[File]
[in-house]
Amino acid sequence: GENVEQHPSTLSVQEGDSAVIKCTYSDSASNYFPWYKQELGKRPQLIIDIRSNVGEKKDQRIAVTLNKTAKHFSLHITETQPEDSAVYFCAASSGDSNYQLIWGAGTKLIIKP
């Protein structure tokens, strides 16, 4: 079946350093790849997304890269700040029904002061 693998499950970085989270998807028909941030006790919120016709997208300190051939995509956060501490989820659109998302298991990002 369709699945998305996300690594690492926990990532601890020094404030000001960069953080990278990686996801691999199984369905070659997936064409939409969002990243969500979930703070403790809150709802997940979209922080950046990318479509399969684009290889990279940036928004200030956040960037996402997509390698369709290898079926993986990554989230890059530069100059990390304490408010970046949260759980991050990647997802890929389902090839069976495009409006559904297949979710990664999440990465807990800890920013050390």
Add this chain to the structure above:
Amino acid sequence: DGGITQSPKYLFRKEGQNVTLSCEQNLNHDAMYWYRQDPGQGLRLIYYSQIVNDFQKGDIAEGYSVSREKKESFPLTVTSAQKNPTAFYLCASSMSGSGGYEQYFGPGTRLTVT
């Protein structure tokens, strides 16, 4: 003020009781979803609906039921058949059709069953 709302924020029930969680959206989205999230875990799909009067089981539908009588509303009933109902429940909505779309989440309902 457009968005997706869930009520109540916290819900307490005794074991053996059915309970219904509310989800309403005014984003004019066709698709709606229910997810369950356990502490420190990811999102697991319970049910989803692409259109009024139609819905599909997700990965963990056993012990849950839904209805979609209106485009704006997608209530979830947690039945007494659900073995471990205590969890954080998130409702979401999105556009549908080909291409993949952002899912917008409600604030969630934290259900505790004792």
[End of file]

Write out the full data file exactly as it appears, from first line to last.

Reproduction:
[in-house]
Amino acid sequence: GENVEQHPSTLSVQEGDSAVIKCTYSDSASNYFPWYKQELGKRPQLIIDIRSNVGEKKDQRIAVTLNKTAKHFSLHITETQPEDSAVYFCAASSGDSNYQLIWGAGTKLIIKP
């Protein structure tokens, strides 16, 4: 079946350093790849997304890269700040029904002061 693998499950970085989270998807028909941030006790919120016709997208300190051939995509956060501490989820659109998302298991990002 369709699945998305996300690594690492926990990532601890020094404030000001960069953080990278990686996801691999199984369905070659997936064409939409969002990243969500979930703070403790809150709802997940979209922080950046990318479509399969684009290889990279940036928004200030956040960037996402997509390698369709290898079926993986990554989230890059530069100059990390304490408010970046949260759980991050990647997802890929389902090839069976495009409006559904297949979710990664999440990465807990800890920013050390």
Add this chain to the structure above:
Amino acid sequence: DGGITQSPKYLFRKEGQNVTLSCEQNLNHDAMYWYRQDPGQGLRLIYYSQIVNDFQKGDIAEGYSVSREKKESFPLTVTSAQKNPTAFYLCASSMSGSGGYEQYFGPGTRLTVT
């Protein structure tokens, strides 16, 4: 003020009781979803609906039921058949059709069953 709302924020029930969680959206989205999230875990799909009067089981539908009588509303009933109902429940909505779309989440309902 457009968005997706869930009520109540916290819900307490005794074991053996059915309970219904509310989800309403005014984003004019066709698709709606229910997810369950356990502490420190990811999102697991319970049910989803692409259109009024139609819905599909997700990965963990056993012990849950839904209805979609209106485009704006997608209530979830947690039945007494659900073995471990205590969890954080998130409702979401999105556009549908080909291409993949952002899912917008409600604030969630934290259900505790004792």